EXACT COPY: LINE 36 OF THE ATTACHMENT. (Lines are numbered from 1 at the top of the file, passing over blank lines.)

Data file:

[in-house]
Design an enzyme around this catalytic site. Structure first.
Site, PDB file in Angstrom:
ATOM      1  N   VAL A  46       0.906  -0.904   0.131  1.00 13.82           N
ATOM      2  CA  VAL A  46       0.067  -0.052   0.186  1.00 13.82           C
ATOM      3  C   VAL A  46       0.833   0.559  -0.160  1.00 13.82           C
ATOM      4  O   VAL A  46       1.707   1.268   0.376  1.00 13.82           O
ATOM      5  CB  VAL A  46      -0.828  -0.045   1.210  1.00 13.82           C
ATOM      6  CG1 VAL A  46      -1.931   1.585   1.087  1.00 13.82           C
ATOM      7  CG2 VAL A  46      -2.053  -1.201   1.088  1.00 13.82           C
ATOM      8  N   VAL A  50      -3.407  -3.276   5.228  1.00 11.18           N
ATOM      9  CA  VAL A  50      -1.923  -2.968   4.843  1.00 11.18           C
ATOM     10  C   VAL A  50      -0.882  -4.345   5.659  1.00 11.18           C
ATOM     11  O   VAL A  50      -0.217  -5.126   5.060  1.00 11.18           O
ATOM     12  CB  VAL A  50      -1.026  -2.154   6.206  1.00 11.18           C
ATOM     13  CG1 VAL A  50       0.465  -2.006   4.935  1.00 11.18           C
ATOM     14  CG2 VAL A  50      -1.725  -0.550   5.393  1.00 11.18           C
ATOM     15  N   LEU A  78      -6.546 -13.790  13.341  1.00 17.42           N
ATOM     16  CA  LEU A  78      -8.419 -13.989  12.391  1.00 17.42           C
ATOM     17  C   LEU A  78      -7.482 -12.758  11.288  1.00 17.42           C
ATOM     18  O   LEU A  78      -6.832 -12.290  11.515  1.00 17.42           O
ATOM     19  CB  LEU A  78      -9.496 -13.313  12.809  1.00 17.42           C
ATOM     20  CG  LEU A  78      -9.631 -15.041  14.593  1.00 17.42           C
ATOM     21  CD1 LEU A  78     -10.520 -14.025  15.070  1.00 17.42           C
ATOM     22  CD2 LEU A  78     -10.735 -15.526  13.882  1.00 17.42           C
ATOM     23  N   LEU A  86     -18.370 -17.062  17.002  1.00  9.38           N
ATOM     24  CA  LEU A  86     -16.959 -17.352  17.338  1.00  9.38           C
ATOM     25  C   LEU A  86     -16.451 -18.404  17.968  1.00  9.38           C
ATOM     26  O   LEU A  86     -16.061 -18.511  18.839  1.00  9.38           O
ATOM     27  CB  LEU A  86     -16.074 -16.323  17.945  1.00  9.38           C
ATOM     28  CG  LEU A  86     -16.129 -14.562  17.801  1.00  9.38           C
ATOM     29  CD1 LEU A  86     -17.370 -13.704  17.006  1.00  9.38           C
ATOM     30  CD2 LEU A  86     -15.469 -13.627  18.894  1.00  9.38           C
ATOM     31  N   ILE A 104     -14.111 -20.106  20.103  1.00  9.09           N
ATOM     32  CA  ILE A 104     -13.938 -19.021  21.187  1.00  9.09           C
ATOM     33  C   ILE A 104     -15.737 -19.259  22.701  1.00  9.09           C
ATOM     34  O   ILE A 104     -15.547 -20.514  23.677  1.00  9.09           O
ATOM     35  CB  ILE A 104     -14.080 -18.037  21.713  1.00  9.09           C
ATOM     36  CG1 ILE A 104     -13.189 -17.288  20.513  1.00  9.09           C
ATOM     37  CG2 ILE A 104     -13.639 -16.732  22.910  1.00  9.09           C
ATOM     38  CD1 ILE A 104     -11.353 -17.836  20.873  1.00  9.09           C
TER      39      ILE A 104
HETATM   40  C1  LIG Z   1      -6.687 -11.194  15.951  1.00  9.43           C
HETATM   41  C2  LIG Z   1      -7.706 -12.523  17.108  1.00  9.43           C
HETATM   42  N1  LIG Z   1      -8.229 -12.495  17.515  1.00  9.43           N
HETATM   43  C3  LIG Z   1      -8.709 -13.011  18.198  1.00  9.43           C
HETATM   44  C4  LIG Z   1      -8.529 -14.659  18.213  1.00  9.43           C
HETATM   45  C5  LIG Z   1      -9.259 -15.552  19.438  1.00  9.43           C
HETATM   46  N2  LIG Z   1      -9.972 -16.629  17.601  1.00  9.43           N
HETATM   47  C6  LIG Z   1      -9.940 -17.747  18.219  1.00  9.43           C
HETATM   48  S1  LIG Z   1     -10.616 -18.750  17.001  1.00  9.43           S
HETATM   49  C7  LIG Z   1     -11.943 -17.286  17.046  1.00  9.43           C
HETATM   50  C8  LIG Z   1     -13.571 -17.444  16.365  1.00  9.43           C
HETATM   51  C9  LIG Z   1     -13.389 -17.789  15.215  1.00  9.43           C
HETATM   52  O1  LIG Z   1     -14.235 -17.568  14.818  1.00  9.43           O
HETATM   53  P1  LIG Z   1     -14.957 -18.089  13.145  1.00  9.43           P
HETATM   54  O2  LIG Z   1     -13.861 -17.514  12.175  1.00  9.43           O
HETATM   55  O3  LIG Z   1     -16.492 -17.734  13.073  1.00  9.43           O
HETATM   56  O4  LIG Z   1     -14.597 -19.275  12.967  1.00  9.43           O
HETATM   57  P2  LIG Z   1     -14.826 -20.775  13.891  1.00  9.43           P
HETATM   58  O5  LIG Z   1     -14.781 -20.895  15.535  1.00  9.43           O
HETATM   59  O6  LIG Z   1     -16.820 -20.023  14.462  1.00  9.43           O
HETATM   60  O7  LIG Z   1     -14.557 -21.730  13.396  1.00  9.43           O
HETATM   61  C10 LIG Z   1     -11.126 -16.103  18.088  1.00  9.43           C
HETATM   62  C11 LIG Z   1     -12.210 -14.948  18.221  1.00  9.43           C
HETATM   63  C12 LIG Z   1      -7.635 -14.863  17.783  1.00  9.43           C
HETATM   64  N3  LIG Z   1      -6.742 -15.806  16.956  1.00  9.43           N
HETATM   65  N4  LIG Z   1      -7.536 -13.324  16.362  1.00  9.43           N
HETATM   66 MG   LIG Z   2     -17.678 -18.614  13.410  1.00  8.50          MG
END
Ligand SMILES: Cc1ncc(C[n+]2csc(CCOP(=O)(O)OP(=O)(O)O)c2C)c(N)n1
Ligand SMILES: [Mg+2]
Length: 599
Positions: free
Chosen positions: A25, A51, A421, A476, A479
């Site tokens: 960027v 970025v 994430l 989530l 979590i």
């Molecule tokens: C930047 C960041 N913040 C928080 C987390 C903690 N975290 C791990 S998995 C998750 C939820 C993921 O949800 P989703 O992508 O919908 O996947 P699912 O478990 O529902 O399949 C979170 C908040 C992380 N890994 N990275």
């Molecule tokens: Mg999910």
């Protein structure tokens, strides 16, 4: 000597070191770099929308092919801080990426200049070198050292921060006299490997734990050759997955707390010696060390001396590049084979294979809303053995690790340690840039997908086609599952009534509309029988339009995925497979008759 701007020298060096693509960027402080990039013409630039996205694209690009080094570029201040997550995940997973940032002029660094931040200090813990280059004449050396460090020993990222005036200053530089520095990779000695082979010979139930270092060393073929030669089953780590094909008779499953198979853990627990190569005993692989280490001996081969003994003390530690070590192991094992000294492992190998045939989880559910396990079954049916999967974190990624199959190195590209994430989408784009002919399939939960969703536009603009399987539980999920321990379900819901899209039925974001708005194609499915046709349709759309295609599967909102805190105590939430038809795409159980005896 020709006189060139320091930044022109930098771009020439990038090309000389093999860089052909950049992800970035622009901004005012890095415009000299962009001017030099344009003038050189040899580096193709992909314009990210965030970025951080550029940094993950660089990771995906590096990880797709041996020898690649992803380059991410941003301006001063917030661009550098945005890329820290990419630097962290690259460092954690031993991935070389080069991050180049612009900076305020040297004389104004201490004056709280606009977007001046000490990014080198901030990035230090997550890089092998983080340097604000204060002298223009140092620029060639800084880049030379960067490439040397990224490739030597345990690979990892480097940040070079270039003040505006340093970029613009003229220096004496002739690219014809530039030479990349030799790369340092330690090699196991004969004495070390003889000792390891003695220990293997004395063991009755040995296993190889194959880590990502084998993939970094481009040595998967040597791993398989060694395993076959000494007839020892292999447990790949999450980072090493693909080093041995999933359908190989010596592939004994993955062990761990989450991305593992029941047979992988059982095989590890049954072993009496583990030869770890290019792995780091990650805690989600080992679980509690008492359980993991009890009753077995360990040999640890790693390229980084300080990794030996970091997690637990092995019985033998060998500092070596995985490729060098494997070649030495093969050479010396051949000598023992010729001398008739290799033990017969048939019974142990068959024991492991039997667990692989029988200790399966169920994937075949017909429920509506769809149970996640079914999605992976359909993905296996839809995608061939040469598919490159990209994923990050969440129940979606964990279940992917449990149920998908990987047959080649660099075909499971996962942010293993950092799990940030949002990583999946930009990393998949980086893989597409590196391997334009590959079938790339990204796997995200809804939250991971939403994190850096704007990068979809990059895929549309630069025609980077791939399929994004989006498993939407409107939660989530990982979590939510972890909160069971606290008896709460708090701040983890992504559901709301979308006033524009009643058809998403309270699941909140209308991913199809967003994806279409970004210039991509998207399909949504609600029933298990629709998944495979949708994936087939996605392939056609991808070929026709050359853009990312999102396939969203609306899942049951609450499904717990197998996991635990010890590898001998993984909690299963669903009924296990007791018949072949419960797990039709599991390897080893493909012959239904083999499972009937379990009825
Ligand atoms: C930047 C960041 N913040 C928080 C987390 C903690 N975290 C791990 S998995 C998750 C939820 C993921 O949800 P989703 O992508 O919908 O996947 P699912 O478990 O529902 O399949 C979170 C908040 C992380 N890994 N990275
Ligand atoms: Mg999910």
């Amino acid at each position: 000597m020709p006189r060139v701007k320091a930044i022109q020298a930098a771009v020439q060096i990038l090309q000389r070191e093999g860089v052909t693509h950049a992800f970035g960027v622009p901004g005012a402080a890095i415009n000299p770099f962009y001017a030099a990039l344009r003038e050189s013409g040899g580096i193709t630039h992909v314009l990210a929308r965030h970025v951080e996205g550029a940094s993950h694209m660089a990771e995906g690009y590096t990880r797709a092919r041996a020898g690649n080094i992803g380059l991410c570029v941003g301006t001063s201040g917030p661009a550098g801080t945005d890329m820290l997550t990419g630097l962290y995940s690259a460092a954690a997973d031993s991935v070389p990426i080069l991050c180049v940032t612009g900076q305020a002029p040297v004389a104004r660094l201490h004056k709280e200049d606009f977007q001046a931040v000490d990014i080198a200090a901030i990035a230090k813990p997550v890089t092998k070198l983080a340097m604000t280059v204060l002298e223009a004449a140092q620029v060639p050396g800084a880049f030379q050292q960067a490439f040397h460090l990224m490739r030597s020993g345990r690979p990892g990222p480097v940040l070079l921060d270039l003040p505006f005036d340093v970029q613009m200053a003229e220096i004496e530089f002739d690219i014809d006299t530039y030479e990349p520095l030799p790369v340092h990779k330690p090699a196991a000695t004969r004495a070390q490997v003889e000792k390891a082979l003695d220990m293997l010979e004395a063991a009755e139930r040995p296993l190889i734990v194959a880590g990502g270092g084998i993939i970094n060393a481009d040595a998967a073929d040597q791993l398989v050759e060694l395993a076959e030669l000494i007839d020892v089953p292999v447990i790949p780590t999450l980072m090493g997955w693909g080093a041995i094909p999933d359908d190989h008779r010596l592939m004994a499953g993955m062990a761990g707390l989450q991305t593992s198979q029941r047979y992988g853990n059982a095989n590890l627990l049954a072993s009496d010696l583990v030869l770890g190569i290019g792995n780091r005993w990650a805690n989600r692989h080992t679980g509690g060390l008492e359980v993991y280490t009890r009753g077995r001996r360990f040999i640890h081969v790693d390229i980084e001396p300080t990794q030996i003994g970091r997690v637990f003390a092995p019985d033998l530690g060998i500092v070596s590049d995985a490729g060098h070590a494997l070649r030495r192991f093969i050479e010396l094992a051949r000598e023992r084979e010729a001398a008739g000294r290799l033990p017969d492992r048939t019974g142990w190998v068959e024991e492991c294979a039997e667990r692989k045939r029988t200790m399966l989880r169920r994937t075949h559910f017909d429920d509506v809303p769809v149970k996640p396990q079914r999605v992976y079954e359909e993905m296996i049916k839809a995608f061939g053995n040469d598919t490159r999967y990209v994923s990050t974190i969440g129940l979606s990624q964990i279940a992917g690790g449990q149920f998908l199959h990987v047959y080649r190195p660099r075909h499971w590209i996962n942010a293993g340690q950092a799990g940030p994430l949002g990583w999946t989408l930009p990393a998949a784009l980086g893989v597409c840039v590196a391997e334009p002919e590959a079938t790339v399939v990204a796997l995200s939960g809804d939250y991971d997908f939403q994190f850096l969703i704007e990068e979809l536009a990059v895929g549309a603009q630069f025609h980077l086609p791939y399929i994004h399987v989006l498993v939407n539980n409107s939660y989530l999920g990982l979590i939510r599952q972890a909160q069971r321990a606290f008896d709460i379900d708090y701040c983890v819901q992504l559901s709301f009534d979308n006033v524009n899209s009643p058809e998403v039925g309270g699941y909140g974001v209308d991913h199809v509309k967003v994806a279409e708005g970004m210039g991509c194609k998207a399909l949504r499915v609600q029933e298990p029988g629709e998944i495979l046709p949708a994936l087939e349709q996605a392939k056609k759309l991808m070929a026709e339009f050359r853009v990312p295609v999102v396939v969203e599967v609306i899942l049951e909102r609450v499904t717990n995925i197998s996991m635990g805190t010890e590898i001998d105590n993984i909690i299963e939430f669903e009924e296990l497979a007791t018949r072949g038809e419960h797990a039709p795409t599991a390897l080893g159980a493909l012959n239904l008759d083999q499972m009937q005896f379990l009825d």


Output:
ATOM     33  C   ILE A 104     -15.737 -19.259  22.701  1.00  9.09           C